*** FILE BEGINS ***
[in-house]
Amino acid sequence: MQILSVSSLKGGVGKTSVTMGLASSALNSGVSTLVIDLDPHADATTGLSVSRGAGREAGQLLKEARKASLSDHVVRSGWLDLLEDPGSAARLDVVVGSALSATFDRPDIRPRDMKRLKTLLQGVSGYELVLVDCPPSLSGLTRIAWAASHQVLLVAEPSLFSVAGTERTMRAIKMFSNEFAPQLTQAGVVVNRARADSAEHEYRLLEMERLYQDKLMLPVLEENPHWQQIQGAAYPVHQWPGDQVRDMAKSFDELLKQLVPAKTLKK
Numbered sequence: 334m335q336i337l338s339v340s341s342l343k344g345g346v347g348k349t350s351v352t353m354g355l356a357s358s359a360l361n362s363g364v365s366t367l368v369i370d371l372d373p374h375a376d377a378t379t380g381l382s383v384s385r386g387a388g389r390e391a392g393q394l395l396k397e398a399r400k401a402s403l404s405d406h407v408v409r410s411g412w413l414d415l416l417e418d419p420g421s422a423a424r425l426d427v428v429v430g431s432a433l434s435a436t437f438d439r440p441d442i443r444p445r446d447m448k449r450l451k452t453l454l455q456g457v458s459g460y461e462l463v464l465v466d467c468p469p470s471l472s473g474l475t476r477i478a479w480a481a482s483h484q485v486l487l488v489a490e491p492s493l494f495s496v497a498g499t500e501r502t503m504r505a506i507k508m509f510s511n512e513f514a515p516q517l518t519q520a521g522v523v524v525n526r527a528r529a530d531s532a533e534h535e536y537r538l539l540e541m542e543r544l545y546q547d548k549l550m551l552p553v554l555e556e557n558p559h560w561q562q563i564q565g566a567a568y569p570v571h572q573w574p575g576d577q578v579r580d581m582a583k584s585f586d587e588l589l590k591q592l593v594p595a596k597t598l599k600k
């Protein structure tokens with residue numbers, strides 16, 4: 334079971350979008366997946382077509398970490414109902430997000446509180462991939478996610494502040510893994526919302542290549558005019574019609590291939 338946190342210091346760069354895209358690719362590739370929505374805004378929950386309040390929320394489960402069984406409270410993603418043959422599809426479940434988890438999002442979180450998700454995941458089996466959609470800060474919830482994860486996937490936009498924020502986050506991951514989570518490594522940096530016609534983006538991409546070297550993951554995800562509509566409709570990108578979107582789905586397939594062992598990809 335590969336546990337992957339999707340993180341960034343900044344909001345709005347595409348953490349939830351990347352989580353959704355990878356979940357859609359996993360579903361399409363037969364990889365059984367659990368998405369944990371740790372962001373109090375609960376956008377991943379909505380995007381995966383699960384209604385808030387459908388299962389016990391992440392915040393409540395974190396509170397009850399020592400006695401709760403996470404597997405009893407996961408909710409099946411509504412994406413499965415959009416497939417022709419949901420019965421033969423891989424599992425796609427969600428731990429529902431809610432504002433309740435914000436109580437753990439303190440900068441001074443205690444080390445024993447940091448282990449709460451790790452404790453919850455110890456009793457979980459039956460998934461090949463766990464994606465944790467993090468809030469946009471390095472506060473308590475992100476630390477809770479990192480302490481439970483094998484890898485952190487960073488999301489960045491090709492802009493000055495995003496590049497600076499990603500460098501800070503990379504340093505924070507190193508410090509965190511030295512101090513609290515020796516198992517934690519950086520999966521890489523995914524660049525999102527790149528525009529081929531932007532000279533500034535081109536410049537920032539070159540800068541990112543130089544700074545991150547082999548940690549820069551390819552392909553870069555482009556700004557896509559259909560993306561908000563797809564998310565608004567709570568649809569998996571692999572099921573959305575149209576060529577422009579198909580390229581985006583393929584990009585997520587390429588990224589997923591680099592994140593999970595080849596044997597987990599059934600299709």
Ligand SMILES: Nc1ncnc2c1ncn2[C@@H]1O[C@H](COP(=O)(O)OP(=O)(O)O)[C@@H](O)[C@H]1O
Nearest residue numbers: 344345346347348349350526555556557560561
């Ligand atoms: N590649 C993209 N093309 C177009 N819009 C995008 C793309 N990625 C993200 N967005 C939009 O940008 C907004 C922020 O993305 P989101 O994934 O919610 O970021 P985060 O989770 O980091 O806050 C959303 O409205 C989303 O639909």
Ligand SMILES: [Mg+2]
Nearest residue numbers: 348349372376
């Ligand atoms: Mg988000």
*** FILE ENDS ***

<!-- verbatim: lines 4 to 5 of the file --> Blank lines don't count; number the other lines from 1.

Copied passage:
């Protein structure tokens with residue numbers, strides 16, 4: 334079971350979008366997946382077509398970490414109902430997000446509180462991939478996610494502040510893994526919302542290549558005019574019609590291939 338946190342210091346760069354895209358690719362590739370929505374805004378929950386309040390929320394489960402069984406409270410993603418043959422599809426479940434988890438999002442979180450998700454995941458089996466959609470800060474919830482994860486996937490936009498924020502986050506991951514989570518490594522940096530016609534983006538991409546070297550993951554995800562509509566409709570990108578979107582789905586397939594062992598990809 335590969336546990337992957339999707340993180341960034343900044344909001345709005347595409348953490349939830351990347352989580353959704355990878356979940357859609359996993360579903361399409363037969364990889365059984367659990368998405369944990371740790372962001373109090375609960376956008377991943379909505380995007381995966383699960384209604385808030387459908388299962389016990391992440392915040393409540395974190396509170397009850399020592400006695401709760403996470404597997405009893407996961408909710409099946411509504412994406413499965415959009416497939417022709419949901420019965421033969423891989424599992425796609427969600428731990429529902431809610432504002433309740435914000436109580437753990439303190440900068441001074443205690444080390445024993447940091448282990449709460451790790452404790453919850455110890456009793457979980459039956460998934461090949463766990464994606465944790467993090468809030469946009471390095472506060473308590475992100476630390477809770479990192480302490481439970483094998484890898485952190487960073488999301489960045491090709492802009493000055495995003496590049497600076499990603500460098501800070503990379504340093505924070507190193508410090509965190511030295512101090513609290515020796516198992517934690519950086520999966521890489523995914524660049525999102527790149528525009529081929531932007532000279533500034535081109536410049537920032539070159540800068541990112543130089544700074545991150547082999548940690549820069551390819552392909553870069555482009556700004557896509559259909560993306561908000563797809564998310565608004567709570568649809569998996571692999572099921573959305575149209576060529577422009579198909580390229581985006583393929584990009585997520587390429588990224589997923591680099592994140593999970595080849596044997597987990599059934600299709």
Ligand SMILES: Nc1ncnc2c1ncn2[C@@H]1O[C@H](COP(=O)(O)OP(=O)(O)O)[C@@H](O)[C@H]1O